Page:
Technically mushrooms are neither fruit nor vegetables, as they are not plants. The U.S. Department of Agriculture does classify mushrooms as vegetables, though, because they provide many of the nutritional attributes of vegetables and are a healthy addition to diet.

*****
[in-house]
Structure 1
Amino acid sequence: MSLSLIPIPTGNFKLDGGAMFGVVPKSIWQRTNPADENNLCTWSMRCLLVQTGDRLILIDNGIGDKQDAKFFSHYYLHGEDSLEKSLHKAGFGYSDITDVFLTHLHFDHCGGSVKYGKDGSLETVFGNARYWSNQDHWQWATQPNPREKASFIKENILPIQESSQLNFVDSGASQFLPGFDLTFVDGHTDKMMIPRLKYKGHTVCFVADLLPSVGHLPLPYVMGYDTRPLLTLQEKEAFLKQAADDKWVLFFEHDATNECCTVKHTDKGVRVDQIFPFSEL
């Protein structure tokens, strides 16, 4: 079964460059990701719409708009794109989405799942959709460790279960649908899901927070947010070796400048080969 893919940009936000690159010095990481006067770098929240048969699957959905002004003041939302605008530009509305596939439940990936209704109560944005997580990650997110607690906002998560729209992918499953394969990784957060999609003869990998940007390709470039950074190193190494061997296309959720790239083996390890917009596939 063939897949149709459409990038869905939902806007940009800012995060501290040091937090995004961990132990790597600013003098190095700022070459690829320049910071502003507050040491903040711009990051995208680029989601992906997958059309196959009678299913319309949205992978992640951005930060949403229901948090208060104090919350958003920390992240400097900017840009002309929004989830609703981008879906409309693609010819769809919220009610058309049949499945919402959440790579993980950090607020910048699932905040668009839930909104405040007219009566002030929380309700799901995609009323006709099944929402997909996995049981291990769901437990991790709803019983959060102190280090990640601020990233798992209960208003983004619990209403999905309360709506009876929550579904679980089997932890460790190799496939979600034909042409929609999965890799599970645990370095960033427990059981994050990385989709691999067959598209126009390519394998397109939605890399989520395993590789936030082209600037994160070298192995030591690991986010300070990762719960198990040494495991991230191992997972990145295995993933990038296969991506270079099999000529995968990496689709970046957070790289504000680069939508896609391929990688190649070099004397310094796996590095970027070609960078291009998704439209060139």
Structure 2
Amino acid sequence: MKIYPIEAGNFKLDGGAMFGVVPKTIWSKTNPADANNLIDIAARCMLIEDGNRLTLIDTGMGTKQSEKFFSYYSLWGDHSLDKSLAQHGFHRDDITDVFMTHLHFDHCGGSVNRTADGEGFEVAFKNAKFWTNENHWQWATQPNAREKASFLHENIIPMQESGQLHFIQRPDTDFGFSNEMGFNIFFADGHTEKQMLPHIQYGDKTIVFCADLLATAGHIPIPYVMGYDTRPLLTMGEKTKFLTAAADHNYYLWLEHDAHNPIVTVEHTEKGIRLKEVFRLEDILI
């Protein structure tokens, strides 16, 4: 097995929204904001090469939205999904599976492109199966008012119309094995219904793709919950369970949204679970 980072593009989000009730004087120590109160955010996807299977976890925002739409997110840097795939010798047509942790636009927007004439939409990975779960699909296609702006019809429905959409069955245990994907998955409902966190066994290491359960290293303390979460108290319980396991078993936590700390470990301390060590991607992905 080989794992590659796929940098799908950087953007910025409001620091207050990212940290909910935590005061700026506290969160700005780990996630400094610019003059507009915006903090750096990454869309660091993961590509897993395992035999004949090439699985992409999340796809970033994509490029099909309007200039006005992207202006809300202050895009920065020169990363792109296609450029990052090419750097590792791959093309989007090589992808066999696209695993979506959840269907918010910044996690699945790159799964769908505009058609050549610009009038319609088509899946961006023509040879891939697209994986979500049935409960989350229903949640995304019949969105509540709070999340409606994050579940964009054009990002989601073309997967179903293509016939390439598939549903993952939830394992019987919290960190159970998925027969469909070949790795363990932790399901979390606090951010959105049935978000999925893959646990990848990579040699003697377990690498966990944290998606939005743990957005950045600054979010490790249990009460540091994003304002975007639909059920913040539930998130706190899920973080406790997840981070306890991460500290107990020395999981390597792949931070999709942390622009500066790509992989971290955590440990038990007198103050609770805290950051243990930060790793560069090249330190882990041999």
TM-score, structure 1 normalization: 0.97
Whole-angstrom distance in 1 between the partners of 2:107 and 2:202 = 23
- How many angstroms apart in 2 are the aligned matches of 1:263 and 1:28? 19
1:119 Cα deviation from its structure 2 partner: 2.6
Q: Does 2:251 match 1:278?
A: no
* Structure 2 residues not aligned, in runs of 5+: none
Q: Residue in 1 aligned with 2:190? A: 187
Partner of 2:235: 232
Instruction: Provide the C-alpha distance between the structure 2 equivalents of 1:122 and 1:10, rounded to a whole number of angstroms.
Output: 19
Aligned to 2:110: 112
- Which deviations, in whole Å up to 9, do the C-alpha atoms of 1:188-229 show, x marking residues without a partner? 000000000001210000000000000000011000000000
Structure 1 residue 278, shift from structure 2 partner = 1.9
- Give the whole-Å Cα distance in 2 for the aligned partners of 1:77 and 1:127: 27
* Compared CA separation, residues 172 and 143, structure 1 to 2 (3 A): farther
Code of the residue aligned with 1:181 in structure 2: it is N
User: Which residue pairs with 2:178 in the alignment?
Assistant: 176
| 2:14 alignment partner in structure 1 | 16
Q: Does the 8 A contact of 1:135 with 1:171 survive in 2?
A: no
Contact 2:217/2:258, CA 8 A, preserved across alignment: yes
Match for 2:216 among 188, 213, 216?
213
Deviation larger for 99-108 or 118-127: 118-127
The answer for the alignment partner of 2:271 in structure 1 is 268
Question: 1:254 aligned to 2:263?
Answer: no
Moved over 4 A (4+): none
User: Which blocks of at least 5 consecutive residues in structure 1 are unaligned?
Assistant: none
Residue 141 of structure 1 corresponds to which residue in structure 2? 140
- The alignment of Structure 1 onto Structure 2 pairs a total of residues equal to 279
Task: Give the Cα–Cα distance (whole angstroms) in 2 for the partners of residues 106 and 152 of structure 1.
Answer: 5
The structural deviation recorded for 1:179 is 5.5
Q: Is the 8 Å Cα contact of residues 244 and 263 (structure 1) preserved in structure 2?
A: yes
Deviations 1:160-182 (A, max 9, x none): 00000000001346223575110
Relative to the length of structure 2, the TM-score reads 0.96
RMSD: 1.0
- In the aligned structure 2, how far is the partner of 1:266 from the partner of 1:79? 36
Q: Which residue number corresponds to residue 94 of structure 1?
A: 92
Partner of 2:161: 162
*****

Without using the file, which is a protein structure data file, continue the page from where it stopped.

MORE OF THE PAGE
White mushrooms, such as button mushroom, cremini and the Portobello, are high in selenium which aids weight loss and might have positive effects on prostate cancer. Shiitake mushrooms could also fight tumors and infections. They are an excellent source of vitamin D. Reishi mushrooms contain gandodermic acid which helps reduce cholesterol which in turn can lower high blood pressure. Oyster mushrooms are being studied as a possible defense against HIV. Looking like a single mini-trumpet, Chantrelle mushroom has been associated with anti-microbial, bacterial and fungal properties. Porchini is a meaty mushroom similar to the Portabello, it has anti-inflammatory properties. Shimeji mushrooms can enhance the immune system and boost its healing capabilities.